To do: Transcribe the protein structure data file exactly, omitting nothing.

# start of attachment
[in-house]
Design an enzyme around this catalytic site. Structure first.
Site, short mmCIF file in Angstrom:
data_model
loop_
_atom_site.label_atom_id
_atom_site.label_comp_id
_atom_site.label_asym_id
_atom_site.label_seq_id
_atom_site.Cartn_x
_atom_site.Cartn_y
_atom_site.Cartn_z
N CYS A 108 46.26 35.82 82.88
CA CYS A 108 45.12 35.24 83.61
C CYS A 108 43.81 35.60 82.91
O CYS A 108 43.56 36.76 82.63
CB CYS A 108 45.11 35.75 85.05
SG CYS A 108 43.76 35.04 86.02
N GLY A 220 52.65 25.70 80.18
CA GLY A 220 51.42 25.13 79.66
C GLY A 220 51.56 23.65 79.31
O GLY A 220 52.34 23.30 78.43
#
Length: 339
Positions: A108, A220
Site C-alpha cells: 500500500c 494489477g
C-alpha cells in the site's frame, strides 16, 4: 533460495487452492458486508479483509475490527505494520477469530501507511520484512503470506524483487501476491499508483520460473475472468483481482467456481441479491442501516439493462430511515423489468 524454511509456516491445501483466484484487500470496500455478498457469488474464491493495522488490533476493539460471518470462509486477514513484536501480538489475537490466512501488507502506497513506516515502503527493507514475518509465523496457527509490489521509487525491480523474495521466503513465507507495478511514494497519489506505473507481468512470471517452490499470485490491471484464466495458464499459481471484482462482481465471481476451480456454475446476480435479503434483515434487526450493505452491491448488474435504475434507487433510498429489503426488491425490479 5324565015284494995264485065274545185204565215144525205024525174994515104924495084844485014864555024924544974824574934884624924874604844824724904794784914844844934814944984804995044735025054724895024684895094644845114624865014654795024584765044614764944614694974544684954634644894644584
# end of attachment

[in-house]
Design an enzyme around this catalytic site. Structure first.
Site, short mmCIF file in Angstrom:
data_model
loop_
_atom_site.label_atom_id
_atom_site.label_comp_id
_atom_site.label_asym_id
_atom_site.label_seq_id
_atom_site.Cartn_x
_atom_site.Cartn_y
_atom_site.Cartn_z
N CYS A 108 46.26 35.82 82.88
CA CYS A 108 45.12 35.24 83.61
C CYS A 108 43.81 35.60 82.91
O CYS A 108 43.56 36.76 82.63
CB CYS A 108 45.11 35.75 85.05
SG CYS A 108 43.76 35.04 86.02
N GLY A 220 52.65 25.70 80.18
CA GLY A 220 51.42 25.13 79.66
C GLY A 220 51.56 23.65 79.31
O GLY A 220 52.34 23.30 78.43
#
Length: 339
Positions: A108, A220
Site C-alpha cells: 500500500c 494489477g
C-alpha cells in the site's frame, strides 16, 4: 533460495487452492458486508479483509475490527505494520477469530501507511520484512503470506524483487501476491499508483520460473475472468483481482467456481441479491442501516439493462430511515423489468 524454511509456516491445501483466484484487500470496500455478498457469488474464491493495522488490533476493539460471518470462509486477514513484536501480538489475537490466512501488507502506497513506516515502503527493507514475518509465523496457527509490489521509487525491480523474495521466503513465507507495478511514494497519489506505473507481468512470471517452490499470485490491471484464466495458464499459481471484482462482481465471481476451480456454475446476480435479503434483515434487526450493505452491491448488474435504475434507487433510498429489503426488491425490479 5324565015284494995264485065274545185204565215144525205024525174994515104924495084844485014864555024924544974824574934884624924874604844824724904794784914844844934814944984804995044735025054724895024684895094644845114624865014654795024584765044614764944614694974544684954634644894644584